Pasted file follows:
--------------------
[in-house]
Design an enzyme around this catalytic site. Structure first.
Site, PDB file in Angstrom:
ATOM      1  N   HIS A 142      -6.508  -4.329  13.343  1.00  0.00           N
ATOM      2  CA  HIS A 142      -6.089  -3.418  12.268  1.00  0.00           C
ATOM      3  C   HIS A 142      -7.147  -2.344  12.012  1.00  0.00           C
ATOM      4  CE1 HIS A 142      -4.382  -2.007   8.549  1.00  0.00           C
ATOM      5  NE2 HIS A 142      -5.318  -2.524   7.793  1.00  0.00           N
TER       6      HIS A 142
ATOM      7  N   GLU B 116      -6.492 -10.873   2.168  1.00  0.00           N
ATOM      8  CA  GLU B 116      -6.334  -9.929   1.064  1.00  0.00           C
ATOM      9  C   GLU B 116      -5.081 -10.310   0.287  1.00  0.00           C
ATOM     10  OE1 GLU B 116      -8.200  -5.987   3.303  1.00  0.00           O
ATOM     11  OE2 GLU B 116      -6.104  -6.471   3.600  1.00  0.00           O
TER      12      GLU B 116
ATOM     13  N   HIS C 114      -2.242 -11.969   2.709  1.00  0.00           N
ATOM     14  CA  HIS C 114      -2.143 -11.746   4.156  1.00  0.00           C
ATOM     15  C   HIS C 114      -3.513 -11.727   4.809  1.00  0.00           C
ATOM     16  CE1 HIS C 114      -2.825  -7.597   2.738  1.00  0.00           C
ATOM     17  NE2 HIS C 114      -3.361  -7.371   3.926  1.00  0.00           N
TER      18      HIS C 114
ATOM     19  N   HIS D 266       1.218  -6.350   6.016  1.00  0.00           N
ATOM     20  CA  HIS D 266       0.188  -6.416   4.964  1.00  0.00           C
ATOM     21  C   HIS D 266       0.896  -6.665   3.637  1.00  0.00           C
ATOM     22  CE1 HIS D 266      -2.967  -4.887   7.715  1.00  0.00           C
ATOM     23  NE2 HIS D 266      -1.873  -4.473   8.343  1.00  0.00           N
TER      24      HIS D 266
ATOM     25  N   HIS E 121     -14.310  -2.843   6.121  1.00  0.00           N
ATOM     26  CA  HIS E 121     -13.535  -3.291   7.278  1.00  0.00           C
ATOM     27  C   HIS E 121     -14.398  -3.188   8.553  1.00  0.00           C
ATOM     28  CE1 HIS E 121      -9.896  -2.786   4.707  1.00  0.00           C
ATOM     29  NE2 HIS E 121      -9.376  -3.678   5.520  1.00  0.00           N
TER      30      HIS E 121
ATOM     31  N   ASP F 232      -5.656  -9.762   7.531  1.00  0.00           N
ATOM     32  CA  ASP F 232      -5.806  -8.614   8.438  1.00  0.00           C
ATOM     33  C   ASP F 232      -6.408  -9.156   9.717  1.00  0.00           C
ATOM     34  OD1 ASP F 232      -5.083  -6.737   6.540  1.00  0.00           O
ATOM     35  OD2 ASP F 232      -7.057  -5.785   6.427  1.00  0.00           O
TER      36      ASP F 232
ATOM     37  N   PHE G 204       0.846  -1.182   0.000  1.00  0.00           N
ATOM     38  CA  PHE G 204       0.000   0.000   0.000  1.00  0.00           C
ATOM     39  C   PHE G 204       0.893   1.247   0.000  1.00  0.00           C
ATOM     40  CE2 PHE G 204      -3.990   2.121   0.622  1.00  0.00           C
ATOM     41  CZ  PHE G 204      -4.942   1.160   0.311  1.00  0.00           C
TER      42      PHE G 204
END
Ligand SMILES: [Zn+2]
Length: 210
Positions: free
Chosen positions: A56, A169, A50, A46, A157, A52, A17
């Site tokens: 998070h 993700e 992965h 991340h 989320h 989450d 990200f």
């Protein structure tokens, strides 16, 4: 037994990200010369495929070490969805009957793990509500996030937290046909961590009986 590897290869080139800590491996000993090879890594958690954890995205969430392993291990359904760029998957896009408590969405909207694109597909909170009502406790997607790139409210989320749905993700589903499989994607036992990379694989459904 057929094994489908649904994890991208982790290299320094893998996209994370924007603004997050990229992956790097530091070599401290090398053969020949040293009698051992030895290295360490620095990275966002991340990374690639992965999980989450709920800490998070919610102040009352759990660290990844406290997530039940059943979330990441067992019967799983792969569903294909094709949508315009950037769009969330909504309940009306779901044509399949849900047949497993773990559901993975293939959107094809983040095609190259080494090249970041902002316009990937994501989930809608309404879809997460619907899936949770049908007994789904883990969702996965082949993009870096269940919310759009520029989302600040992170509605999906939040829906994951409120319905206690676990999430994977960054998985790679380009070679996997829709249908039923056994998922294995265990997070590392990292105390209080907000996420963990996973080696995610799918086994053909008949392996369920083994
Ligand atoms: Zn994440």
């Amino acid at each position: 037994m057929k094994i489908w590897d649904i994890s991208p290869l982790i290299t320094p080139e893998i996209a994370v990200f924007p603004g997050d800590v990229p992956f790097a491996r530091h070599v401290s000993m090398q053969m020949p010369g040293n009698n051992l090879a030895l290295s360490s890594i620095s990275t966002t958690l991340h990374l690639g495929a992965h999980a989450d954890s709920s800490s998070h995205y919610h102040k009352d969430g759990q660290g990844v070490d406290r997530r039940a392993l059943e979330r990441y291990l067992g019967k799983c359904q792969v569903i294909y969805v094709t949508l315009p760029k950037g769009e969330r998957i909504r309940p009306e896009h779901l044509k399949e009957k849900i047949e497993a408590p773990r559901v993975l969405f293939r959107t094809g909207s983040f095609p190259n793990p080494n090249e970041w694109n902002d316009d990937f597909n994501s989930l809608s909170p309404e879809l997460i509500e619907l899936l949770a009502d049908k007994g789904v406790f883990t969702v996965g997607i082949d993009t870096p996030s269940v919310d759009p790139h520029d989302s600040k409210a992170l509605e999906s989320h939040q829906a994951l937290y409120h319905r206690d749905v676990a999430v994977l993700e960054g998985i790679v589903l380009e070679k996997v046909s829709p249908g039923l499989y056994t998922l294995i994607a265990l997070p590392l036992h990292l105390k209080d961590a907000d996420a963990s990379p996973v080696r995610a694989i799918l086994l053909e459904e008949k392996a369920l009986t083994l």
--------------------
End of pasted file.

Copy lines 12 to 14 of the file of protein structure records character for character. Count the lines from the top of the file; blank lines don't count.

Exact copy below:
ATOM      9  C   GLU B 116      -5.081 -10.310   0.287  1.00  0.00           C
ATOM     10  OE1 GLU B 116      -8.200  -5.987   3.303  1.00  0.00           O
ATOM     11  OE2 GLU B 116      -6.104  -6.471   3.600  1.00  0.00           O